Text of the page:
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KONDOA

Despatches from German East Africa

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coltroep

Where has that picture be taken an at what Moment???????

Our next group of pictures will be related to Tanga especially the events of November 1914.

But first the village of Mombo in the Pangani valley.

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coltroep

The Boma at Tanga

The Boma at Tanga

Can you send me the old foto of the hospital

thanks

coltroep

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KONDOA

Coltroep

The picture of Mombo withe the train was taken in 1912 around the time the railway was completed. Mombo is on the Usumbara railway between Tanga and Moshi. The railway is now derelict.

Any photographs I had of this trip have unfortunately been l;ost due to a hard drive malfunction. The only copies are those posted here on the forum, please use as you wish.

Roop

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ozmaz

Was interested to see the photo of James Macqueen MC gravestone as he is my great great uncle. He led a very interesting life and is mentioned in quite a few books: "German East Africa" by Albert F Calvert, "The National History of South Africa" by Frederick W Fitzsimons and "Red Strangers: The White Tribe of Kenya" by Christine S Nicholls.

In 1884 my great great grandfather received a letter informing him that James had been captured by the Boers on his way from the gold fields of Transvaal to Kimberly.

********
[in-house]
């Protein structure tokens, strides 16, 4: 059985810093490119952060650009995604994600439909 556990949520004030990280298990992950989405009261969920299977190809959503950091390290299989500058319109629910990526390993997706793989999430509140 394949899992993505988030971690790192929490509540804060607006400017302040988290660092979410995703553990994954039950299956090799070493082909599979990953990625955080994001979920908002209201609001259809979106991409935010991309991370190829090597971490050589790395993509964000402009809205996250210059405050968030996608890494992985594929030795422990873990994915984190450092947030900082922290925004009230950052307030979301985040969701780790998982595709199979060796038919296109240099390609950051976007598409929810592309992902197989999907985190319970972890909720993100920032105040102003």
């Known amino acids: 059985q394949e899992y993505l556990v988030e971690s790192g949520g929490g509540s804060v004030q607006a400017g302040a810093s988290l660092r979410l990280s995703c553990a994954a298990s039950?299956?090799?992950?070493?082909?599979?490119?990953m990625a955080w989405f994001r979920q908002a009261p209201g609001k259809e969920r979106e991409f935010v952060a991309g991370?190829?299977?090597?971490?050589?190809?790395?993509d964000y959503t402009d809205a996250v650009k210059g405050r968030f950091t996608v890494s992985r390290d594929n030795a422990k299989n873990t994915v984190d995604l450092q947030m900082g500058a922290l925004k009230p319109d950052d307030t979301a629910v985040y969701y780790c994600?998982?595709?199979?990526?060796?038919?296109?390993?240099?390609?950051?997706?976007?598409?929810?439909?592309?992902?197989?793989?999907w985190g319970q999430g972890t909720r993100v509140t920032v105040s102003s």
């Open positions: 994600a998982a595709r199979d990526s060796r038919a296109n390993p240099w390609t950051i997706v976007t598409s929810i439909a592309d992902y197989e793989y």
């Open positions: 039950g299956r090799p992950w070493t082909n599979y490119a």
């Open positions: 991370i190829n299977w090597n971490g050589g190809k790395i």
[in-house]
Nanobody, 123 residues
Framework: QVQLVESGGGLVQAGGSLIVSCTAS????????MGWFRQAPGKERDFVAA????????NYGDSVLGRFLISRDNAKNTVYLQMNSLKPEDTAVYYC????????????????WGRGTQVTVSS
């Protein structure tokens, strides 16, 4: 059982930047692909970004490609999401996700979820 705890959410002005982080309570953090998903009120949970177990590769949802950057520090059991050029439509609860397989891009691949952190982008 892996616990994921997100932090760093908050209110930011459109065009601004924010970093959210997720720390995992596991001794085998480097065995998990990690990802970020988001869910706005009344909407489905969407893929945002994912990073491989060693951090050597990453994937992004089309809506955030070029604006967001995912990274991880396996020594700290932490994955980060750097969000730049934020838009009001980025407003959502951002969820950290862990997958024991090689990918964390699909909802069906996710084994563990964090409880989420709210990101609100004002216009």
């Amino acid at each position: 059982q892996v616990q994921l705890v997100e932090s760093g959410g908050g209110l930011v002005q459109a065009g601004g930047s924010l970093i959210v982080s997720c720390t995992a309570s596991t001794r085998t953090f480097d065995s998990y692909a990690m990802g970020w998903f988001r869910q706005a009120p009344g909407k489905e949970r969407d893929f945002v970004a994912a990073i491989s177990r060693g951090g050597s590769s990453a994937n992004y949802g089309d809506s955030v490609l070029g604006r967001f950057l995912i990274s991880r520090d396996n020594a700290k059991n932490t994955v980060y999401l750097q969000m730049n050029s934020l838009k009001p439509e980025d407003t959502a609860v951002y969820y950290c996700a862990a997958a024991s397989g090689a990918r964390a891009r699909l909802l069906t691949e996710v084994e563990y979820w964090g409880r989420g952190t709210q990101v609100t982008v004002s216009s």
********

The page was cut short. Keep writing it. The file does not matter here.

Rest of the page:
He enlisted in 1901 as a member of Steinaecker's Horses.

As far as we can ascertain he was married briefly but unfortunately she died in 1902 in South Africa.

He must have travelled back to England because in 1915 he enlised in the 25th Battalion of the Royal Fusilers, otherwise known as the Legion of Frontiersmen led by Colonel Patrick Driscoll.

I have also been unable to find out much about when he joined the 2nd Battalion Rhodesia Regiment or his MC but it is even more remarkable when you realise that he had only one arm - the other having been crushed by an elephant in 1908 during a big game hunt.

On his death his brother in Canada printed this obituary - "died December 14, 1917 at Dodoma, German E Africia, Capt James Macqueen, soldier, traveller, hunter, writier . . . servied in S African campaign, after Boer War wouned by elephant, but served in this war".

Maz

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SteveE

He must have travelled back to England because in 1915 he enlised in the 25th Battalion of the Royal Fusilers, otherwise known as the Legion of Frontiersmen led by Colonel Patrick Driscoll.

I have also been unable to find out much about when he joined the 2nd Battalion Rhodesia Regiment or his MC but it is even more remarkable when you realise that he had only one arm - the other having been crushed by an elephant in 1908 during a big game hunt.

Hi Maz and welcome to the forum.

Firstly let me say that as far as I can tell James MacQueen didn't enlist in the 25th Battalion and in all my research on this battalion I've yet to come across any evidence to this effect. You may well know differently and if that's the case I'd really like to know.

He entered the East African theatre with the 2nd Rhodesia Regiment on 15th March 1915, the date that battalion arrived in theatre and a whole month before the 25th Battalion Royal Fusiliers left England. I'll check Capell's history of the battalion tonight to see if it adds anything.

His MC was listed in the London Gazette #29460, 2nd February 1916, page 1337 but with no citation. I see that James, in post #191, has referred to Capell's history already and states that it was awarded for an action at Longido.

Regards

Steve